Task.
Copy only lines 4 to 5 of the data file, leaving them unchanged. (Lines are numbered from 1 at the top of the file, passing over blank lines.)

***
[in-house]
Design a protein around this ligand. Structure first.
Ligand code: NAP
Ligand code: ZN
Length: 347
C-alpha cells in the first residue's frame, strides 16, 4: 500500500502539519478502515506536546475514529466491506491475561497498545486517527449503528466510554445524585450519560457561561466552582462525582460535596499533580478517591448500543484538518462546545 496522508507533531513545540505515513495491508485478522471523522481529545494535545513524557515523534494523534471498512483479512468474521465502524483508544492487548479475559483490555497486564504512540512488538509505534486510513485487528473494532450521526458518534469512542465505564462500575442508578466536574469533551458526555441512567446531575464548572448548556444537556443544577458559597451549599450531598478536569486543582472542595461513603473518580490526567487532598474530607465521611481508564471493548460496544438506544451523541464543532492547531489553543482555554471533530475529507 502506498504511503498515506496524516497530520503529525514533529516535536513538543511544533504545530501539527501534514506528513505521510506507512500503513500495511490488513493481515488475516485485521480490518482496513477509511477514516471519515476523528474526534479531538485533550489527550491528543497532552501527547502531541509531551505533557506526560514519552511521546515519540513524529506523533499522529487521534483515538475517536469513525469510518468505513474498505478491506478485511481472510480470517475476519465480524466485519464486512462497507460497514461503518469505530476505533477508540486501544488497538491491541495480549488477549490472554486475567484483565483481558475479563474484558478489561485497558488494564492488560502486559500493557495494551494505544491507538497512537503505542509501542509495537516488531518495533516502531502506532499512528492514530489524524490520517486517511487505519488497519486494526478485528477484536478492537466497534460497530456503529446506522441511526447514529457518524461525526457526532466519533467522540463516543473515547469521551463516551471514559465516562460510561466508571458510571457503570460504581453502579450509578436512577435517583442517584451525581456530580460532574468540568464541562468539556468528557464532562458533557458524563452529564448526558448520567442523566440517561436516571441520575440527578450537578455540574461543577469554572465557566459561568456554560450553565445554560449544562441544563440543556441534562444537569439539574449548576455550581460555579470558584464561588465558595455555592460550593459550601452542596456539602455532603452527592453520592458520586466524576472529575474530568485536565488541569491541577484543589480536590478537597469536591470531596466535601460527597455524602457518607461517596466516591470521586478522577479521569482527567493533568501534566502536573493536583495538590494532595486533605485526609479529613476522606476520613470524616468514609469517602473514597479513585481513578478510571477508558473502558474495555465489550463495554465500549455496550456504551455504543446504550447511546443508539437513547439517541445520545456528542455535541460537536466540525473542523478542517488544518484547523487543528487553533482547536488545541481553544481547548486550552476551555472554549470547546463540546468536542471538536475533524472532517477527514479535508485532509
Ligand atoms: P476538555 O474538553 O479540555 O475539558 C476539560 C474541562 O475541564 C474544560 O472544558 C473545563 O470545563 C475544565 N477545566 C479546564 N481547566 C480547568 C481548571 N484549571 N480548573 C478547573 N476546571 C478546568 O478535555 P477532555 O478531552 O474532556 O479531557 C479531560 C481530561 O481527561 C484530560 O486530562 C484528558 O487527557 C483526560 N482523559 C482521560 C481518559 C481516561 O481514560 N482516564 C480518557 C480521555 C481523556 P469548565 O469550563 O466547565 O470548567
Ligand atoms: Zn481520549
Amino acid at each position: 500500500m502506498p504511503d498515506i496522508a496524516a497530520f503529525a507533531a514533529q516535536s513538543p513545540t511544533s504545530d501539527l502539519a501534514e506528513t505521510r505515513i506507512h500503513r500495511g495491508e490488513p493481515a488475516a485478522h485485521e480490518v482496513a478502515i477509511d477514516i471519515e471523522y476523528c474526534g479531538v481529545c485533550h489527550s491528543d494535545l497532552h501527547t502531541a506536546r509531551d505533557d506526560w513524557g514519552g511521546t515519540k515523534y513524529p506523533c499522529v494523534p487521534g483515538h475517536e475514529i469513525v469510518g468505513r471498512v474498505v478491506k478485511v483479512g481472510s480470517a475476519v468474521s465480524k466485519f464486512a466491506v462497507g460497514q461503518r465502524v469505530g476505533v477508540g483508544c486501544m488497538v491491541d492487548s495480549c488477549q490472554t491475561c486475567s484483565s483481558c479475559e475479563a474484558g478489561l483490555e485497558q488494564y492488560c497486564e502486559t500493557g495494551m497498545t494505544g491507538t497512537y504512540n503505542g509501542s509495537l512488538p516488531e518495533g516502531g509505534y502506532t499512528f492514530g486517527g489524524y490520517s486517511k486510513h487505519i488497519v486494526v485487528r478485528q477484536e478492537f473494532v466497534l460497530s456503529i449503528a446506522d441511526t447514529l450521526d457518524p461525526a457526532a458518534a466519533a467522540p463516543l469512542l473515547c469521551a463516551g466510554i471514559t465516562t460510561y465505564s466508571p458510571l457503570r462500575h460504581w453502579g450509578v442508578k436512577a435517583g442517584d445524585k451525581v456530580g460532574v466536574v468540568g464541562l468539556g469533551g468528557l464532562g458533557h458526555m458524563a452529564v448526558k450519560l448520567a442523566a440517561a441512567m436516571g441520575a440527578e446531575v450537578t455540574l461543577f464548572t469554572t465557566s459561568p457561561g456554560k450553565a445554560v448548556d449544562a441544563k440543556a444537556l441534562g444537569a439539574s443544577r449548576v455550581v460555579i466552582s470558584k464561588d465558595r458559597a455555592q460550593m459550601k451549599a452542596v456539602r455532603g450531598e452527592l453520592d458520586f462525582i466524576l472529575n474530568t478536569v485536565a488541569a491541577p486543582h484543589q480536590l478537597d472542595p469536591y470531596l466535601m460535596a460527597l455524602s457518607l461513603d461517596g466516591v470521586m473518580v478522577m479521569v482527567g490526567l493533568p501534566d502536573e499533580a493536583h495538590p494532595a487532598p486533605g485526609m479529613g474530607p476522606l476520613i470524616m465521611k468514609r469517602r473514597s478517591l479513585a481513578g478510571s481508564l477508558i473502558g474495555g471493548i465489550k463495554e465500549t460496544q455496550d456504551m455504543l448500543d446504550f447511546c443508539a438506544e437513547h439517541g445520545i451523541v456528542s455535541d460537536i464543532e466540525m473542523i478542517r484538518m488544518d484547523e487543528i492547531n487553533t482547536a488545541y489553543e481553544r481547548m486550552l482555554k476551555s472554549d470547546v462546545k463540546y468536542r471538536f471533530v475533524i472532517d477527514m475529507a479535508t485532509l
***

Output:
Ligand code: ZN
Length: 347